By Andrea Bradley
What is negative gearing and how does it work?
An investment is considered to be negatively geared if it is purchased with the assistance of borrowed funds, and the net income is less than the interest incurred on the borrowings. In other words, there is an economic loss from the investment because the various holding costs (including interest costs) exceed the income earned.
An investment is considered to be positively geared where the net income exceeds the interest on borrowings. In other words, there is an economic profit from the investment as the income is greater than the holding costs. Tax must be paid on this profit.
Whilst negative gearing is most commonly associated with investing in real estate, its application can also extend to other income-producing assets (e.g. listed shares).
What are the tax benefits?
Where an investment is negatively geared a taxpayer can reduce their taxable income to the extent that they have incurred a loss from their investment. The consequential reduction to their tax liability will partially offset the economic loss. For example a taxpayer who is taxed at the top marginal tax rate and has made a rental property loss of $10,000 will receive a tax benefit of $4,900 at year end, thereby reducing the loss to $5,100.
For the tax benefits of negative gearing to work, you must have other income from which to claim the tax benefit. The size of the tax benefit depends on the personal marginal tax rate of the investor. This benefit can vary from nil through to 49%.
In principle, a negatively geared investor who is taxed at the top marginal rate will obtain a larger tax benefit compared to an investor who is on a lower income. The opposite can be said however where the investment is positively geared. Over time this occurs as the investment moves from being negatively geared to being positively geared.
Prior to 1 July 2009 the reduction in taxable income due to negatively geared investment losses also resulted in other benefits. However from 1 July 2009 tax offsets, levies, child support and Centrelink payments now take into account negatively geared investment losses. A taxpayer is required to add back any net investment loss to their taxable income for these purposes.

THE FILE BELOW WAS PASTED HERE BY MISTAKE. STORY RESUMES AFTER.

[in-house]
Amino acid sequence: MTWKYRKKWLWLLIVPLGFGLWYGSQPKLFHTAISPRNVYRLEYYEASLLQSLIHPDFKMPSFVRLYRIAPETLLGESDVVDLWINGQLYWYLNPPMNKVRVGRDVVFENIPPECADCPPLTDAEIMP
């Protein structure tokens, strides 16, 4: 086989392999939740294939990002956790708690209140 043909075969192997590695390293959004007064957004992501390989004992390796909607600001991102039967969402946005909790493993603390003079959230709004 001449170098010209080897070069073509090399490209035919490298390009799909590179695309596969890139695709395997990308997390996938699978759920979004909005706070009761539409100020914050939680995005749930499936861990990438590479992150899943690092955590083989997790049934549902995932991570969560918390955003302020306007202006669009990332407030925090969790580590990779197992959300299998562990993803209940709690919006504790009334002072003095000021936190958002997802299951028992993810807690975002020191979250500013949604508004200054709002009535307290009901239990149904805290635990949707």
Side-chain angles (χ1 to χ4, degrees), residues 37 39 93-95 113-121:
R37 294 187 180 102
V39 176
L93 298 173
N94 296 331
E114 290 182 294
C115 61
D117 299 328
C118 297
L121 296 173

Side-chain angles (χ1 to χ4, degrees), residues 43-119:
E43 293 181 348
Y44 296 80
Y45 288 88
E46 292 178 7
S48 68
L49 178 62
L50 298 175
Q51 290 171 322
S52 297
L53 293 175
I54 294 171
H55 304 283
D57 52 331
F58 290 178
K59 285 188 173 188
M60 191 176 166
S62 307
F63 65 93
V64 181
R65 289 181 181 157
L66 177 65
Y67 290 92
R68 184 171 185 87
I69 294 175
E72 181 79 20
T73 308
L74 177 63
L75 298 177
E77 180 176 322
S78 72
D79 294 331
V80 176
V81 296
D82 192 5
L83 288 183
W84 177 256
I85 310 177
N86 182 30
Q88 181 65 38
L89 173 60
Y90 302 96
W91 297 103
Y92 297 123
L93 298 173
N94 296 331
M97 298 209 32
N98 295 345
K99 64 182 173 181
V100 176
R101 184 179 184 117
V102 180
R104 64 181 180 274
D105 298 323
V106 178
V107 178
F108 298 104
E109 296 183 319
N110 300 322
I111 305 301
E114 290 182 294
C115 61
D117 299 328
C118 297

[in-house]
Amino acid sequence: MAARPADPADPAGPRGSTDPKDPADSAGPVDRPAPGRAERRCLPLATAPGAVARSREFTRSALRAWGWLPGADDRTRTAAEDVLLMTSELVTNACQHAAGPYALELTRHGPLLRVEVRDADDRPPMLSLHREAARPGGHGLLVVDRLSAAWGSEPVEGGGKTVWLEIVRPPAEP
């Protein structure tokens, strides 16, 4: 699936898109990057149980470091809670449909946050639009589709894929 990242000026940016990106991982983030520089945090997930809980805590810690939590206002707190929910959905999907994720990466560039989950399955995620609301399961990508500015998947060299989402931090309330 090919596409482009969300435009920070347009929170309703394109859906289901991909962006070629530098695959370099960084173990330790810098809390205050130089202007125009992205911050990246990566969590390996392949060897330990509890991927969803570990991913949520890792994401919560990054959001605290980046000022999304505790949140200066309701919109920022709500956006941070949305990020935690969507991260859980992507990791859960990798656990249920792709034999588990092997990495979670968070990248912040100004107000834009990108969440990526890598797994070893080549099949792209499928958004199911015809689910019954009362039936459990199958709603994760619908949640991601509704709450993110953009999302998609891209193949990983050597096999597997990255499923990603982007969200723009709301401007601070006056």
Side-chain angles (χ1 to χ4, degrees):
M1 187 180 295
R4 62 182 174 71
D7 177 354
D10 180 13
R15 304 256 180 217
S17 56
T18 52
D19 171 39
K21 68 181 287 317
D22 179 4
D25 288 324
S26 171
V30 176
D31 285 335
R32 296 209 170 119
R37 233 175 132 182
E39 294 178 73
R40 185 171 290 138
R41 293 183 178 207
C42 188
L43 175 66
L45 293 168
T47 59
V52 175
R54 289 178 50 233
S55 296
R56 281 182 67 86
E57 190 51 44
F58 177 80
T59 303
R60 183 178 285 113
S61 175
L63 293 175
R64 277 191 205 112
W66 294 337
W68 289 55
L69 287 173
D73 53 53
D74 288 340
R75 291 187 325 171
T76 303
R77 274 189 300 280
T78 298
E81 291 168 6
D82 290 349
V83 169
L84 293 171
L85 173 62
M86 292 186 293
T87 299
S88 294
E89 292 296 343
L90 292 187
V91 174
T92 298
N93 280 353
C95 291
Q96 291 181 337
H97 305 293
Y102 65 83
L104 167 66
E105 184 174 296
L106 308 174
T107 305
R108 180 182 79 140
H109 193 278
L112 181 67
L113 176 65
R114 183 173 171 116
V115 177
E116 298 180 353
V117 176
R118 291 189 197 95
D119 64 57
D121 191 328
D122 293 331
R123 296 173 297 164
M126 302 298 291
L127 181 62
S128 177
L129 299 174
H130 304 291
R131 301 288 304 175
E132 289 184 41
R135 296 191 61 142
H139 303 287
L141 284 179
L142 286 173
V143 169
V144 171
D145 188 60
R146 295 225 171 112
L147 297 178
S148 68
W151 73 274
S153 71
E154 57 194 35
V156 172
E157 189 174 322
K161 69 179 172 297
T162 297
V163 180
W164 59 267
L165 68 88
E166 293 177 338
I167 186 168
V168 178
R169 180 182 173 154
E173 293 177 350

Should you consider negatively gearing as a tax strategy?
Whilst negative gearing may provide some upfront tax benefits it does not necessarily guarantee that over the long term the investment property will provide an overall economic gain. From an economic viewpoint a negatively geared investment will only be of benefit to an investor if the capital growth from the investment exceeds the sum of any net ‘after tax’ losses generated during the ownership period. In this regard an astute investor would seek to maximise their investment by deriving an economic profit as soon as possible (albeit any net investment income will be taxable).
Borrowing funds will increase the amount you can have invested. This has the potential to increase gains because there is more of a capital base on which to earn returns but the reverse can happen and losses can be magnified. A gearing strategy can help build wealth but the risks need to be understood.
The ability to negatively gear needs to be kept in perspective as an aid to investment and not a goal in itself. The strategy is sound as long as the investment is also sound, and will over the long term give you a positive return. A good investment must eventually show a profit, and its merit should always be judged on its expected returns and not on any short term tax benefits.
The above outlines the arrangements relating to negative gearing as they currently exist. There is discussion that the rules relating to negatively gearing, specifically in relation to rental properties, may change in the future. It is always important to seek advice before deciding to proceed with a negative gearing arrangement. Please don’t hesitate to contact us if you have any questions.